Friday 30 August 2013

A rare newspaper from Mysore

It is called the language of the Gods and it is as old as India. Classified as an Indo-Aryan language, it is the primary liturgical language of Hinduism and a literary and scholarly language of Jainism and Buddhism.
Much of our ancient texts, books, Vedas, Shastras and even ancient literature is written in this language. Today, Uttarkhand is the only State in India which has made this its official language. Even now, it is widely used as a ceremonial language in Hindu religious rituals and Buddhist practice in the forms of hymns and mantras.
This is the also the language that is generally used in temples and religious institutions and most of the Shlokas and Shastras is in this language.
This is Sanskrit, which Panani says, evolved out of the earlier Vedic form. Historians and linguists generally trace the beginning of Vedic Sanskrit as early as 1500–1200 BC.
There have been efforts to revive the language and Mysore has a unique role in this. A Mysorean started in 1970 the first ever newspaper in Sanskrit.   
Called Sudharma, this vernacular has a print order of 3,000 copies a day and it is despatched across India by post. Copies are also sent abroad. Founded by Pandit Kalale Nadadur Varadaraja ( K.N.) Vardaraja Iyengar, the paper has never sought Government support, Government advertisement or even subsidy.
K.N. Iyengar, who was publishing Sanskrit works, hit upon the idea of starting a newspaper in Sanskrit to make use of the Sanskrit types that was lying idle with him. This is how the paper came to be started.
He was helped in starting the newspaper from some of his friends such as Agaram Rangaiah, editor of Saadhvi, a Kannada newspaper, and P. Nagachar, former Joint Director of Department  of  Information and Publicity.
Apart from these two, others who helped in starting the newspaper were H. G. Shithikanta Sharma, T. Shankara Shastri, Balaganapati Bhat, Shingappa, Araiyar Ramasharma, Roopa Narayan Pandeya, Venkatramana T. Bhat and other Sanskrit Vidwans and Pandits.   
K.N. Iyengar was born in 1921 in a Vaidika family. After schooling in the traditional Sanskrit Paathashaala system, he attained the title of Pandit. Later, in 1955, he established his own printing press. A socially involved person, he was moved by the shortage of schooling for girls. This led him to found the Srikaanta Education Society dedicated solely to educating girl children. He was also involved with many other social service organisations.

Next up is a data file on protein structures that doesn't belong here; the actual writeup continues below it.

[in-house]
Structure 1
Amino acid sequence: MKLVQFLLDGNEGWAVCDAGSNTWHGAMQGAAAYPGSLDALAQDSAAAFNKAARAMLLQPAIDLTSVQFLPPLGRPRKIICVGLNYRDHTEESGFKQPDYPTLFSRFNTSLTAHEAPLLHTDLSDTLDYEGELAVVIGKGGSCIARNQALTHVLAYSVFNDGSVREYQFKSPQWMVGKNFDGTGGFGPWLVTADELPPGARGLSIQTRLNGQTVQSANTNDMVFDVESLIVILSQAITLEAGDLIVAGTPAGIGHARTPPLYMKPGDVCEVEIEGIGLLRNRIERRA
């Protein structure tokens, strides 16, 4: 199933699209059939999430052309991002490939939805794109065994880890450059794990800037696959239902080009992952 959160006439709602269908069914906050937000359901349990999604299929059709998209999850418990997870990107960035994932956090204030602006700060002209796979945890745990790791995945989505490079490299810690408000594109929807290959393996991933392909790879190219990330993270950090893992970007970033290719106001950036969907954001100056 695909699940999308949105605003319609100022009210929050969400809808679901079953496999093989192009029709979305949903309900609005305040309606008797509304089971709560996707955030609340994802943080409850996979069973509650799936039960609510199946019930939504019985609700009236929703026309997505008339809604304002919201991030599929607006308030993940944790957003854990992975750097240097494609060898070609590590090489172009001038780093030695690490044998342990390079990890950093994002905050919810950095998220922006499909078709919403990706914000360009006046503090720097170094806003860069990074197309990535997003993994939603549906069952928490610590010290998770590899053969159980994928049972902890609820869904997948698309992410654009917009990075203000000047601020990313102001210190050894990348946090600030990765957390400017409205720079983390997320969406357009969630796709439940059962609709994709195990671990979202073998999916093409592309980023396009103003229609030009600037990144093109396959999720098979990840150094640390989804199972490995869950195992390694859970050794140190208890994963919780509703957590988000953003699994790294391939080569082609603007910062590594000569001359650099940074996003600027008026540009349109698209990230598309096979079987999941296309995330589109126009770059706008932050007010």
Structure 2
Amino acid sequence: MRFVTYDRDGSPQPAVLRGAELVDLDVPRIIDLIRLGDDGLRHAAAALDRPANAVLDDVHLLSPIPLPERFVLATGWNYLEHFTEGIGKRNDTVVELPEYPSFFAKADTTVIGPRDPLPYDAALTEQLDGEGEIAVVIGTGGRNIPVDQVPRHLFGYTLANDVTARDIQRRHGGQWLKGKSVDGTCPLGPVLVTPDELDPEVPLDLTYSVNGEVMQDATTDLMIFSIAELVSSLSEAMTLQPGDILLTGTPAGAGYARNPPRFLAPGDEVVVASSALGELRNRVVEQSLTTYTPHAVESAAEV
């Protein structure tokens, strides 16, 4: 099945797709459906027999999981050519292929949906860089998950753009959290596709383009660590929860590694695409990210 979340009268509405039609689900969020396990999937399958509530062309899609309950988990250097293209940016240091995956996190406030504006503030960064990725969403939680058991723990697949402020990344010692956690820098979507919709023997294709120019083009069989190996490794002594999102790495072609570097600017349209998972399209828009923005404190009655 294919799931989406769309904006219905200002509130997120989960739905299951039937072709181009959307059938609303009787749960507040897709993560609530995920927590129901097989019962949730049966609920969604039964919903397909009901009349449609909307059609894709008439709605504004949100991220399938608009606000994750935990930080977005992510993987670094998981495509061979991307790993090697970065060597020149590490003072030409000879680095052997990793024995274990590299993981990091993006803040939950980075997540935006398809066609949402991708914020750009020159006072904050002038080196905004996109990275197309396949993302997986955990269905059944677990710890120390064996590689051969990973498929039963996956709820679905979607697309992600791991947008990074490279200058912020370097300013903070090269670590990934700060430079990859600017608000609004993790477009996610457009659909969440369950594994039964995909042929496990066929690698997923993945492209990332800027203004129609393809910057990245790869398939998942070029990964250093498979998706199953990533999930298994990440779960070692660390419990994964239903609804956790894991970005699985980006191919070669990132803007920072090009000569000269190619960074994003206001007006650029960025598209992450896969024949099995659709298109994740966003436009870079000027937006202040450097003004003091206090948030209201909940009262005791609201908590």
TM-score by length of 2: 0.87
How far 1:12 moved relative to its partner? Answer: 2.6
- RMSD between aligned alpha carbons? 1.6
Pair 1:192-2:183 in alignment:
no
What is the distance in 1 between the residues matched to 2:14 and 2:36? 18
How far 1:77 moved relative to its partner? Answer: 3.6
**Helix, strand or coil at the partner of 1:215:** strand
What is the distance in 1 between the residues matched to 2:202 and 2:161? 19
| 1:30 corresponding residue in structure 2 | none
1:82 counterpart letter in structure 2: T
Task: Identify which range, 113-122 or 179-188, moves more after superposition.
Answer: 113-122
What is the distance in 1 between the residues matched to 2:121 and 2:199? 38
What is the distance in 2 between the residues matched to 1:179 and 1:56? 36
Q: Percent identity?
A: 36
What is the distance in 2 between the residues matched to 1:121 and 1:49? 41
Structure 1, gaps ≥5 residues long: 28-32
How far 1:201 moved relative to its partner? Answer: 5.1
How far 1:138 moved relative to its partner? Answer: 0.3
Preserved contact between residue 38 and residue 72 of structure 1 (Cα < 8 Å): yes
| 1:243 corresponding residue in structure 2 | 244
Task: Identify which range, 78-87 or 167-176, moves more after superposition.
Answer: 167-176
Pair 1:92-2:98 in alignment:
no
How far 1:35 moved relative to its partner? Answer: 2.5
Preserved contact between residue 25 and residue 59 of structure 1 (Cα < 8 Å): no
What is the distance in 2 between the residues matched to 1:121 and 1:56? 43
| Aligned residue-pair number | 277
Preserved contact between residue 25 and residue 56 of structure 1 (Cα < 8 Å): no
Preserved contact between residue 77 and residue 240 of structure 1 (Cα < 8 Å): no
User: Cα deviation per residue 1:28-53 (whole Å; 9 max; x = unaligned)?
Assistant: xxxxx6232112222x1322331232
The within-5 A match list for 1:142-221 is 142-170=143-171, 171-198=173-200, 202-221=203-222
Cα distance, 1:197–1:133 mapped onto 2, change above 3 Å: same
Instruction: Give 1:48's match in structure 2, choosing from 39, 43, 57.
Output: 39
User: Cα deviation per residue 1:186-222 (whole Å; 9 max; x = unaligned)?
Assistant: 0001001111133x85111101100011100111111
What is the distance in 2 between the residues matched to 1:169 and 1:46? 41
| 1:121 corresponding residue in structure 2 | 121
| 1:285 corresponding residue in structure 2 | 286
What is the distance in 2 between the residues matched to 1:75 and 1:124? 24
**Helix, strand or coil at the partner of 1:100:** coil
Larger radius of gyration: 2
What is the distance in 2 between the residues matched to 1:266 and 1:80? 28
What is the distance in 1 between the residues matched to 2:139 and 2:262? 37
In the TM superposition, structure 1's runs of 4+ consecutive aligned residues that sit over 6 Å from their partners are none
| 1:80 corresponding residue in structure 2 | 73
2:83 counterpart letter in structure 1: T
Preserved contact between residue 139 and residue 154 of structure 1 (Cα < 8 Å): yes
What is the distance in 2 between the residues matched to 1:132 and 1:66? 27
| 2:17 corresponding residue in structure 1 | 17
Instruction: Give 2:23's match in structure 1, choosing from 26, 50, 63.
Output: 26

Today, the newspaper is run by the founder’s son, K.V. Sampath Kumar, but soaring costs, lack of Government support and low readership has proved to a bane for it.
The paper has a digital version too but this can be accessed only if one has Internet at home or office.  Subscribers from  38 countries and  Sanskrit lovers are reading e-version of Sudharma everyday.
However, the print version too is being printed and distributed through post but the costs are rising and the venerable newspaper is finding it difficult to sustain itself. Moreover, printing material and printing paper are expensive and the costs are rising.  
Till a few years ago, it was the only Sanskrit newspaper in India. Now there are two more from Gujarat. But Sudharma was the first and it is the only one in South India.
The first issue of Sudharma came out on July 14, 1970 from Ganapathi Totti in Maharaja's Sanskrit College or Ganapati Sannidhi of Maharaja Sanskrit Paathashaala. Now, the paper is currently published out of a press in the Ramachandra Agrahara and its subscriber base includes, Sanskrit colleges, Vidyapeethas, public libraries in Karnataka and states of Jammu and Kashmir, Orissa, Tamil Nadu, Kerala, Assam and Rajasthan. There are avid subscribers in countries such as Japan and the U.S.
The single sheet daily covers news, politics, yoga, vedas and culture.  At first, Sudharma was hand-printed. Since then, the printing process has been modernized and it is currently printed by computerised offset printing.
Incidentally, Samskritavartamanapatram is a Sanskrit daily published from Vadodara and Vishvasya Vrutantam another daily published from Surat, both in Gujarat.
(The Hindu newspaper has a write up on this newspaper in its today’s edition. It is written by R, Krishna Kumar).

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